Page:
Canine ballistic garment 110 is configured to be worn by a canine wearer, such as a hunting dog 114 (FIG. 2). Ballistic panel 112 has a perimeter region 116 with a non-ballistic fabric layer 118 sewn or otherwise fastened to a portion of perimeter region 116 of ballistic panel 112 to form a vest-like garment with front leg passageways 120, a neck passageway 122, and a torso passageway 124. Optionally, and as shown, canine ballistic garment 110 extends or tapers upwardly toward the rear of hunting dog 114 so as not to inhibit or restrict movement of the dog's hips and/or hind legs.

Canine ballistic garment 110 may include a pair of ballistic panels 112 to cover and protect respective left and right sides of hunting dog 114. Non-ballistic fabric 118 is preferably form-fitting to closely emulate the torso of hunting dog 114, and may be made of lightweight and breathable fabric, such as mesh nylon fabric that is also resistant to water, dries quickly, resists snags from burrs or other plant matter, and allows air to circulate through the fabric. Canine ballistic garment 110 may be placed on hunting dog 114 by opening the garment along a closure such as a zipper or button or hook-and-loop closure or the like at the top or back of garment 110, positioning the hunting dog's front legs through passageways 120, positioning the hunting dog's neck in passageway 122, and closing the garment with the closure aligned along the dog's spine so that ballistic panels 112 are positioned along either side of hunting dog 114.

Optionally, ballistic garments 10, 110 may comprise substantially any color or visual pattern, such as a camouflage pattern or the like. Preferably, and especially for garments for use by hunting dogs who work in the general direction of firing, it may be desirable to provide a bright color over at least a portion of the garment to increase the visibility of the wearer. For example, the garment may be “hunter orange” or “blaze orange” or some other easily-detected color to increase or maximize the visibility of the wearer.

It will be understood that ballistic panels 12, 112 are substantially resistant to penetration by shot pellets fired at any angle toward garment 10, 110. However, ballistic panels 12, 112 are generally incapable of preventing the penetration of substantially any bullet discharged from a firearm, except perhaps lighter-weight bullets fired from long ranges or bullets fired at trajectories that are nearly parallel to (but intersecting) the ballistic panels (i.e. “grazes”). Thus, when ballistic garment 10 is worn by a human wearer (or when canine ballistic garment 110 is worn by a canine wearer), the respective wearer has similar comfort and range of motion as when wearing non-ballistic garments, while being protected from substantial injury to the wearer's vital organs by accidental discharge from a firearm loaded with shot pellets commonly used for hunting small game. However, the wearer is generally not protected from injury caused by accidental discharge from a firearm loaded with substantially any type of bullet or heavy projectile.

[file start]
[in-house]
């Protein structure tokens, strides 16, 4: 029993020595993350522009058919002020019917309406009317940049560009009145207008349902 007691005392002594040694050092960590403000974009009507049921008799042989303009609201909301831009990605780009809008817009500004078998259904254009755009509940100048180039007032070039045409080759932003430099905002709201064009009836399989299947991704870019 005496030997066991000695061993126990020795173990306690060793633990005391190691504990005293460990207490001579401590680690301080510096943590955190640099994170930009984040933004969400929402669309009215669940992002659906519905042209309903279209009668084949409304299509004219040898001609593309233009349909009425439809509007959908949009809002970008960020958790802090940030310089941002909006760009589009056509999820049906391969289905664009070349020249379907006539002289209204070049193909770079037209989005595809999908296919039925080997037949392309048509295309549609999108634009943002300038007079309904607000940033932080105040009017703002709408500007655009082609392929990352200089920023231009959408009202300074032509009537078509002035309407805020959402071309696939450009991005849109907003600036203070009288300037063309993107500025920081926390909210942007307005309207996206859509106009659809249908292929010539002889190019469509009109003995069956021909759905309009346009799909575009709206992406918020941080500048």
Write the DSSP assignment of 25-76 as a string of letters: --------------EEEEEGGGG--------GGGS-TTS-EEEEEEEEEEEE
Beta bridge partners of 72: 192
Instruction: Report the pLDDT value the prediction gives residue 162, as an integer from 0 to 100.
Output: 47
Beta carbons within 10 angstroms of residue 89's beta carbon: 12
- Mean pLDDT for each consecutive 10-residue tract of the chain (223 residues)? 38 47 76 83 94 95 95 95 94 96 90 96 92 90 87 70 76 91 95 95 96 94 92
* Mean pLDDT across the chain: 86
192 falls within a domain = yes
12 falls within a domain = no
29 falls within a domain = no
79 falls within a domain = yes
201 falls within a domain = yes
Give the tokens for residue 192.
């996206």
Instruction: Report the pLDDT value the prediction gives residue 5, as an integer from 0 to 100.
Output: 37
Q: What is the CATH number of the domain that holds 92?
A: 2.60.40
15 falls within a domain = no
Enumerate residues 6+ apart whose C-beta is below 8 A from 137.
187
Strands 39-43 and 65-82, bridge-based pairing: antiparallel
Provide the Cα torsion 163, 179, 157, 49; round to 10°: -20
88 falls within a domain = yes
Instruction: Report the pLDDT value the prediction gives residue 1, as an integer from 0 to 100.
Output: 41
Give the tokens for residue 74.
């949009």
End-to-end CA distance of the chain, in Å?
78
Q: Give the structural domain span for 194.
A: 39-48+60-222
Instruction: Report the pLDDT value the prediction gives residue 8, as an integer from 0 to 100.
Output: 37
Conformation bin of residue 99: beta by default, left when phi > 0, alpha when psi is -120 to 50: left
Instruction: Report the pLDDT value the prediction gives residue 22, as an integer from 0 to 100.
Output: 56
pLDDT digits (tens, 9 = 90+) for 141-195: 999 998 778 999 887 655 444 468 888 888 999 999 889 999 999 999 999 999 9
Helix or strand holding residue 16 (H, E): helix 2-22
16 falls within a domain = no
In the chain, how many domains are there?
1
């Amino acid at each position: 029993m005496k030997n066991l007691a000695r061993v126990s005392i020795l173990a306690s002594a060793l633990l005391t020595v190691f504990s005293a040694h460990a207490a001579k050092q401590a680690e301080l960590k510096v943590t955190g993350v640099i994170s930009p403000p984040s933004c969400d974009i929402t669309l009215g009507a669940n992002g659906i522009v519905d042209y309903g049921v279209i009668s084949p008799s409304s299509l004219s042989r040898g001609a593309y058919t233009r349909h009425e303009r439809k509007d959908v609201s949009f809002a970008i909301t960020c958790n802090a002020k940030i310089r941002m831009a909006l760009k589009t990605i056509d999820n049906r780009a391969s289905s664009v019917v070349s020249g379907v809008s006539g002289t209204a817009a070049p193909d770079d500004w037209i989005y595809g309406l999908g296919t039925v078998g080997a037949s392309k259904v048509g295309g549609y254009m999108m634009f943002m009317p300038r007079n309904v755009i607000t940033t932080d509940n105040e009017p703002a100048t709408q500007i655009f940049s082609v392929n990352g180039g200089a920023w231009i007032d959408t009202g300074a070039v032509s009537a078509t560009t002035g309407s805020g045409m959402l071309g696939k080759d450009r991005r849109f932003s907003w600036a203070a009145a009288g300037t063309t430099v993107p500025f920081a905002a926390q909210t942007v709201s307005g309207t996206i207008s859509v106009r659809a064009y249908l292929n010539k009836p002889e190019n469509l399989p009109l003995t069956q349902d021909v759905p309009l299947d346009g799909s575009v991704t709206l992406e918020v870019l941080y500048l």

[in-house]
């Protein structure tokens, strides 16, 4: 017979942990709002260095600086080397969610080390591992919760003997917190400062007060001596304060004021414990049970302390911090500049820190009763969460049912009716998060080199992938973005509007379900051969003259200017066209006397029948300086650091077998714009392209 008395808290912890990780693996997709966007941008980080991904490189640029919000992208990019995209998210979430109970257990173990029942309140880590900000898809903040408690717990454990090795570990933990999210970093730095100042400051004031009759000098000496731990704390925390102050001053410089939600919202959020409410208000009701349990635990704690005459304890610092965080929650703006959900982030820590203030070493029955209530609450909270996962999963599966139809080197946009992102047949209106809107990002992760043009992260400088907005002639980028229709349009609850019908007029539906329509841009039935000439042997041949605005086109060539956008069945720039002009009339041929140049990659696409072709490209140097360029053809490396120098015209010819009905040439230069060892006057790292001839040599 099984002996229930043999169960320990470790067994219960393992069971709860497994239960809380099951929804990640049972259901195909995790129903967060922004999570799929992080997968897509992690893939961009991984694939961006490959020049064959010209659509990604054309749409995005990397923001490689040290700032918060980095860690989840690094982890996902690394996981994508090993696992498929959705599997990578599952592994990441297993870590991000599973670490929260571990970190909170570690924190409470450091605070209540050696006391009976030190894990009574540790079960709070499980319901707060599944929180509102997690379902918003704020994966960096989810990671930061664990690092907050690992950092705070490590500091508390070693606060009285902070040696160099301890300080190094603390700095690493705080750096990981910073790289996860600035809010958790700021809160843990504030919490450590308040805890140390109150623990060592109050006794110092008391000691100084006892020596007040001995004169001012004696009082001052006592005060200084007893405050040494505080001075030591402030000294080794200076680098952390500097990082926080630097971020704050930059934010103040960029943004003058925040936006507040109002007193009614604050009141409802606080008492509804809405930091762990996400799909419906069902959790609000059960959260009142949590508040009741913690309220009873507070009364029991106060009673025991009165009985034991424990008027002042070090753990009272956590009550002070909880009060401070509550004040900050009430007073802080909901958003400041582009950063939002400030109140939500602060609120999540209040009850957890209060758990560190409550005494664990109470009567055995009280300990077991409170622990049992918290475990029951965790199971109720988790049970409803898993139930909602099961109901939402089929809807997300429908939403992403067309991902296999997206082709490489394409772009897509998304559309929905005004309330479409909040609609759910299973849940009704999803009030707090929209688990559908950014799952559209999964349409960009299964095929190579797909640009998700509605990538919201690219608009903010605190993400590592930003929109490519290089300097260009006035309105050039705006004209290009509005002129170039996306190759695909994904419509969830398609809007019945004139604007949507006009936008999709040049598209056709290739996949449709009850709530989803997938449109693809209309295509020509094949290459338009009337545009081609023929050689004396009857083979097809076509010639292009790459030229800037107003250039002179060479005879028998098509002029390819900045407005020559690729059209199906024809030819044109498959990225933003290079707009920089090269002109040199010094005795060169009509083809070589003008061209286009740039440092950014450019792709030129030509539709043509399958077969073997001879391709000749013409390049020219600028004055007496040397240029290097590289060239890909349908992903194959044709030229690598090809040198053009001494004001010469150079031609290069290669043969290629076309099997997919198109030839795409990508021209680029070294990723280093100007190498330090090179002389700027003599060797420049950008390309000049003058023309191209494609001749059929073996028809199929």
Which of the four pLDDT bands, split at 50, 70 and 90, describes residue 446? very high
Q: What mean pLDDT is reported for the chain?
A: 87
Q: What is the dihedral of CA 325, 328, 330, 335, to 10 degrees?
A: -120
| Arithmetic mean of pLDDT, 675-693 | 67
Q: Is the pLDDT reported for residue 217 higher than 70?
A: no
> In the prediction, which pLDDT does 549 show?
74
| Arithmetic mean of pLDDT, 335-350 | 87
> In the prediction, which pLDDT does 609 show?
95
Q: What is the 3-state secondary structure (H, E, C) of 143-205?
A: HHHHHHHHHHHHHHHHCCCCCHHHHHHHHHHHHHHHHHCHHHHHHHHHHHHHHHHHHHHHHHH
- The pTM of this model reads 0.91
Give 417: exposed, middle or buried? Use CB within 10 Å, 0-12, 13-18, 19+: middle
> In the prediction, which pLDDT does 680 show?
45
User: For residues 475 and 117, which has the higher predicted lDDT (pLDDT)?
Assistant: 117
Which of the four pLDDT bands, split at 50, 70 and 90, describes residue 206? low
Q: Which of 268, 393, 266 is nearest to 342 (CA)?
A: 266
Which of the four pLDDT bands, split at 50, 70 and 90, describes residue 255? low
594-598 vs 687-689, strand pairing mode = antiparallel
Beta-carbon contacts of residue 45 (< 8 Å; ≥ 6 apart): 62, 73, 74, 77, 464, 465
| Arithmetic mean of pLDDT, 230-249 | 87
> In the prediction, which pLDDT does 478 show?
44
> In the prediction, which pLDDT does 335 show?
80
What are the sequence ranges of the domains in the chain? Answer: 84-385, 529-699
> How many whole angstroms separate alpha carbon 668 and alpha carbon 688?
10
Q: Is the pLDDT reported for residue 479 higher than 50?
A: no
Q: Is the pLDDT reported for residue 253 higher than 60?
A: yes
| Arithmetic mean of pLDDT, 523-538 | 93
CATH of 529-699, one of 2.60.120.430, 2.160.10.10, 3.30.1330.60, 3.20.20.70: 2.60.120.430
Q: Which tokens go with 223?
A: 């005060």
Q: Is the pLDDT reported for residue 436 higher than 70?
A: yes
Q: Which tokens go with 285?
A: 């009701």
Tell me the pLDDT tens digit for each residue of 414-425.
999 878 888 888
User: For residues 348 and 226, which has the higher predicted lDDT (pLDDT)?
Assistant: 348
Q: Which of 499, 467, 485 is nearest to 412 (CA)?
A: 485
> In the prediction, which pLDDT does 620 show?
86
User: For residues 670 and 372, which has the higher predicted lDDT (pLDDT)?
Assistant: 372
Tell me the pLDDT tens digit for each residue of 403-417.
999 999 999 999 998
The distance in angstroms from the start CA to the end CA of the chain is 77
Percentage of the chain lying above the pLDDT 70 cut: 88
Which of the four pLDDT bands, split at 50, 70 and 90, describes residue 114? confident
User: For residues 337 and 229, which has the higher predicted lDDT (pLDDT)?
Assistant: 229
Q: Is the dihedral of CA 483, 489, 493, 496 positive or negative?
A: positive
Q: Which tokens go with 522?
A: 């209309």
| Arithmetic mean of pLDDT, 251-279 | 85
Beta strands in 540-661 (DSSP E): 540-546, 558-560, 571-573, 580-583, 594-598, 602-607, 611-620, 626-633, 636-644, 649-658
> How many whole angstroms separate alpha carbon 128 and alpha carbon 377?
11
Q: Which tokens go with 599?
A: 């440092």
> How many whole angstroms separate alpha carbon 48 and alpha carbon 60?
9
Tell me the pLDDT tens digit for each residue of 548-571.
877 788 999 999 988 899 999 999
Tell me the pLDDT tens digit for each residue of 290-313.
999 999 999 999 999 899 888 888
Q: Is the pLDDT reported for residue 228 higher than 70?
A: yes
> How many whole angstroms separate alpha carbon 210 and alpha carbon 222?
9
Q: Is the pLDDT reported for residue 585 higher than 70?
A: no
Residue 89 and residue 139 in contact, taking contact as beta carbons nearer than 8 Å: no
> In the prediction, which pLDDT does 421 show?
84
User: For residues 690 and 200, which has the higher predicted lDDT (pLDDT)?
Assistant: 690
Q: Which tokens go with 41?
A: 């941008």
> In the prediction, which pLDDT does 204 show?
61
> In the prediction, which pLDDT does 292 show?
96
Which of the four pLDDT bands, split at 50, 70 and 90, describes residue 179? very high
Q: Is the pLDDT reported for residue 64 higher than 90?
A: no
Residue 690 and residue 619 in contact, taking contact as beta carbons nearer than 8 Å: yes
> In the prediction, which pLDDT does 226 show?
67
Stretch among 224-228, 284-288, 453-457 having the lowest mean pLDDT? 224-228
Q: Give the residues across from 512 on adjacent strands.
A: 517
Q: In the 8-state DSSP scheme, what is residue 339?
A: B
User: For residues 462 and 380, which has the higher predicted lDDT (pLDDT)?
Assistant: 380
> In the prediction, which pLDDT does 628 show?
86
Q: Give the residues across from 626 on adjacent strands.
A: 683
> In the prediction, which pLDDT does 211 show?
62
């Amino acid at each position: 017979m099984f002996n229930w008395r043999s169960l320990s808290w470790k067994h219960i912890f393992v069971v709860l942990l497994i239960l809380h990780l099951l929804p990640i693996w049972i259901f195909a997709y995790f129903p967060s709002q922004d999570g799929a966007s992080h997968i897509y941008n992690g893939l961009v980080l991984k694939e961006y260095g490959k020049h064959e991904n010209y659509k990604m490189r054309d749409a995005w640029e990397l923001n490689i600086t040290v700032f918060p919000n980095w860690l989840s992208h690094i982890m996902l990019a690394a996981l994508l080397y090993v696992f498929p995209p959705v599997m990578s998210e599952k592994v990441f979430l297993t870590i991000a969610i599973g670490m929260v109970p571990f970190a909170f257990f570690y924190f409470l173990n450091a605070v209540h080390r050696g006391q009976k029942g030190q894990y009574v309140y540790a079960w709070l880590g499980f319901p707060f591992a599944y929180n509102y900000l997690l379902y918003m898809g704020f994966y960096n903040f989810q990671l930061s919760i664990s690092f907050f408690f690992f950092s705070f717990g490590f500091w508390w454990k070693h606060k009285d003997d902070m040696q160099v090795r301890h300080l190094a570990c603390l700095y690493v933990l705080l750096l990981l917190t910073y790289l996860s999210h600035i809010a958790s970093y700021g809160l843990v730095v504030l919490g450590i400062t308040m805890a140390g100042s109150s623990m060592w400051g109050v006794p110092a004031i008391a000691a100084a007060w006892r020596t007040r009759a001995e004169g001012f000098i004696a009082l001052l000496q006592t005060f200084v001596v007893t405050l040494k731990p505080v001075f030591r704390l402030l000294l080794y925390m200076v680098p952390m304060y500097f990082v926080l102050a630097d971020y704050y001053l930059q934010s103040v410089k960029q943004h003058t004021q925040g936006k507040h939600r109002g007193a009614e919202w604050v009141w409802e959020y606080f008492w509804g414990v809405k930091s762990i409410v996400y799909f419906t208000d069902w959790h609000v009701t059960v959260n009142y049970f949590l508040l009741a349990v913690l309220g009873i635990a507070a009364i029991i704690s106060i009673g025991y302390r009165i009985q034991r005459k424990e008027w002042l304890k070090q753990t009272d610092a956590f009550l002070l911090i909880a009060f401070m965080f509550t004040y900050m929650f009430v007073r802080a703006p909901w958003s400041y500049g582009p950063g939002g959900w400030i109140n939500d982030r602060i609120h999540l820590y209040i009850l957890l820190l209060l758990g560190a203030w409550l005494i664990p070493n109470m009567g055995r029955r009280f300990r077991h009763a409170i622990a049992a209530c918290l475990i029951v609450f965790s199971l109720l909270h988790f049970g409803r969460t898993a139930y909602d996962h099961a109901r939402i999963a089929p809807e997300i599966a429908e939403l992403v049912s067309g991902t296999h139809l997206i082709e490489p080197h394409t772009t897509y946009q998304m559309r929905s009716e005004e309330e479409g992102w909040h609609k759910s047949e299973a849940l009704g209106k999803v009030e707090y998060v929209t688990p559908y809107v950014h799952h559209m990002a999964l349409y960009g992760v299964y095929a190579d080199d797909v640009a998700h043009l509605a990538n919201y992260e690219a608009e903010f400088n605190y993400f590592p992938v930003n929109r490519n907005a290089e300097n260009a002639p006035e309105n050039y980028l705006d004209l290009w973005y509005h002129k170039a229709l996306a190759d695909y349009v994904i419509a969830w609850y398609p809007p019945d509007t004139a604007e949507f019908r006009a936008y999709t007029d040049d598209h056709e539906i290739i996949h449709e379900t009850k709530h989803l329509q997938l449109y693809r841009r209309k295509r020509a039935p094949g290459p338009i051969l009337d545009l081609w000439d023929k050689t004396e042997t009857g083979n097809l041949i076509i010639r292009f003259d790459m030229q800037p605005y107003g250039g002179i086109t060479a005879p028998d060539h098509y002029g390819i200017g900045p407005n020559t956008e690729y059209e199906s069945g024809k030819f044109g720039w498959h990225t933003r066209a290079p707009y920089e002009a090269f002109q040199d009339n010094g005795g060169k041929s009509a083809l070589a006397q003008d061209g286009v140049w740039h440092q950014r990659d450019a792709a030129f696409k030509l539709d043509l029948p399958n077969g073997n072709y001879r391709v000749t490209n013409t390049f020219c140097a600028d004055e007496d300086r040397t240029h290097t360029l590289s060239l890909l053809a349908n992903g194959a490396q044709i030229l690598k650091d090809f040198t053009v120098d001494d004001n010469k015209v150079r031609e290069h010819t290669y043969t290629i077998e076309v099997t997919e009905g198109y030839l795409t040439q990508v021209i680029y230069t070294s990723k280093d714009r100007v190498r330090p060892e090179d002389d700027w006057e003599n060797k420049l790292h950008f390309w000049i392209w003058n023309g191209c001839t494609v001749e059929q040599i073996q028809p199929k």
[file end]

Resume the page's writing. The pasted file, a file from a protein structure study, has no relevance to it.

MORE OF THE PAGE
Optionally, vests 10, 110 may include stab or puncture or impalement-resistant panels or portions 126 (FIG. 2) in place of some or all of the non-ballistic fabric layers (such as in place of non-ballistic fabric layers 118 of vest 110), particularly in the chest and belly regions that may be particularly susceptible to impalement by sharp sticks, metal or broken wooden fence posts, barbwire, and the like. Impalement-resistant panels may be made from substantially any lightweight and flexible impalement-resistant material, such as one to three layers of spike-resistant fabric, such as Kevlar® Correctional™ tightly-woven puncture-resistant fibers manufactured by E.I. du Pont de Nemours and Co. of Wilmington, Del.; Kevlar® terry cloth type fabric, or Vectran® brand liquid crystal polymer fabric, manufactured by Kuraray Co., Ltd. of Okayama, Japan.

Optionally, and with reference to FIGS. 6 and 7, another canine ballistic garment 210 is substantially similar to garment 110 for use on a canine wearer 114, including a ballistic panel 212 with a perimeter region 216 with a non-ballistic fabric layer 218 sewn or otherwise fastened to a portion of perimeter region 216 of ballistic panel 212 to form a vest-like garment with front leg passageways 220, a neck passageway 222, and a torso passageway 224. Optionally, and as shown, canine ballistic garment 210 includes stab or puncture or impalement-resistant panels or portions 226 along the lower chest and/or belly regions of the garment. Impalement-resistant panels 226 may comprise a non-ballistic outer layer, such as canvas or synthetic material (such as mesh material or the like), forming a pocket or inner region for receiving approximately one to three layers of abrasion and puncture-resistant fabric forming a panel that is insertable into the non-ballistic outer layer. Panels 226 may extend further along the belly region of the dog to offer increased protection from abrasions or punctures.